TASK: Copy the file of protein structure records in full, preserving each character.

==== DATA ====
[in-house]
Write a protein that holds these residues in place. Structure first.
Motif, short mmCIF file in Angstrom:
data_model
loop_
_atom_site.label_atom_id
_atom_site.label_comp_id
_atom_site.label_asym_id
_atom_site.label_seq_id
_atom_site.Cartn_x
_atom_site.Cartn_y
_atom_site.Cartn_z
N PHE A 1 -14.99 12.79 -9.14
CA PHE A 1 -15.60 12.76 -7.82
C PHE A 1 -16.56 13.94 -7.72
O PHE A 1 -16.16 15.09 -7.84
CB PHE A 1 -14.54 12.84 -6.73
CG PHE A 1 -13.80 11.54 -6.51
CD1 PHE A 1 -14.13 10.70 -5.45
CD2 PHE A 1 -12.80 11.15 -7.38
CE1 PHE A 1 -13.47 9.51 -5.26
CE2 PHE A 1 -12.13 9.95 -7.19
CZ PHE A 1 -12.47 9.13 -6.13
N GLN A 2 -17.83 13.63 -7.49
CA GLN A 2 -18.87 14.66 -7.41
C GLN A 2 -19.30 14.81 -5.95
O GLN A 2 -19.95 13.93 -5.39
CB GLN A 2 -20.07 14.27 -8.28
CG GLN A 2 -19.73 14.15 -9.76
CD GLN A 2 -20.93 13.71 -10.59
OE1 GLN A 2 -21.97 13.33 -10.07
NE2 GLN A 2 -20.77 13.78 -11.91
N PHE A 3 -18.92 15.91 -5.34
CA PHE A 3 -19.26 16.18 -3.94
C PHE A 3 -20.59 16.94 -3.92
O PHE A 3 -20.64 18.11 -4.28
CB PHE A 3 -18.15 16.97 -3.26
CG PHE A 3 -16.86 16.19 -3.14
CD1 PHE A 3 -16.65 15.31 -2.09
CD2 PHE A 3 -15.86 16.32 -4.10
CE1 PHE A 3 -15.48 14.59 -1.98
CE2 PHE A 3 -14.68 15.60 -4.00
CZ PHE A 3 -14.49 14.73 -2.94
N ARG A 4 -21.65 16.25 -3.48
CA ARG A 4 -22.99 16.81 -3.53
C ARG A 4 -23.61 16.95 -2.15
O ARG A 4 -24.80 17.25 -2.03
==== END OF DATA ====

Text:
[in-house]
Write a protein that holds these residues in place. Structure first.
Motif, short mmCIF file in Angstrom:
data_model
loop_
_atom_site.label_atom_id
_atom_site.label_comp_id
_atom_site.label_asym_id
_atom_site.label_seq_id
_atom_site.Cartn_x
_atom_site.Cartn_y
_atom_site.Cartn_z
N PHE A 1 -14.99 12.79 -9.14
CA PHE A 1 -15.60 12.76 -7.82
C PHE A 1 -16.56 13.94 -7.72
O PHE A 1 -16.16 15.09 -7.84
CB PHE A 1 -14.54 12.84 -6.73
CG PHE A 1 -13.80 11.54 -6.51
CD1 PHE A 1 -14.13 10.70 -5.45
CD2 PHE A 1 -12.80 11.15 -7.38
CE1 PHE A 1 -13.47 9.51 -5.26
CE2 PHE A 1 -12.13 9.95 -7.19
CZ PHE A 1 -12.47 9.13 -6.13
N GLN A 2 -17.83 13.63 -7.49
CA GLN A 2 -18.87 14.66 -7.41
C GLN A 2 -19.30 14.81 -5.95
O GLN A 2 -19.95 13.93 -5.39
CB GLN A 2 -20.07 14.27 -8.28
CG GLN A 2 -19.73 14.15 -9.76
CD GLN A 2 -20.93 13.71 -10.59
OE1 GLN A 2 -21.97 13.33 -10.07
NE2 GLN A 2 -20.77 13.78 -11.91
N PHE A 3 -18.92 15.91 -5.34
CA PHE A 3 -19.26 16.18 -3.94
C PHE A 3 -20.59 16.94 -3.92
O PHE A 3 -20.64 18.11 -4.28
CB PHE A 3 -18.15 16.97 -3.26
CG PHE A 3 -16.86 16.19 -3.14
CD1 PHE A 3 -16.65 15.31 -2.09
CD2 PHE A 3 -15.86 16.32 -4.10
CE1 PHE A 3 -15.48 14.59 -1.98
CE2 PHE A 3 -14.68 15.60 -4.00
CZ PHE A 3 -14.49 14.73 -2.94
N ARG A 4 -21.65 16.25 -3.48
CA ARG A 4 -22.99 16.81 -3.53
C ARG A 4 -23.61 16.95 -2.15
O ARG A 4 -24.80 17.25 -2.03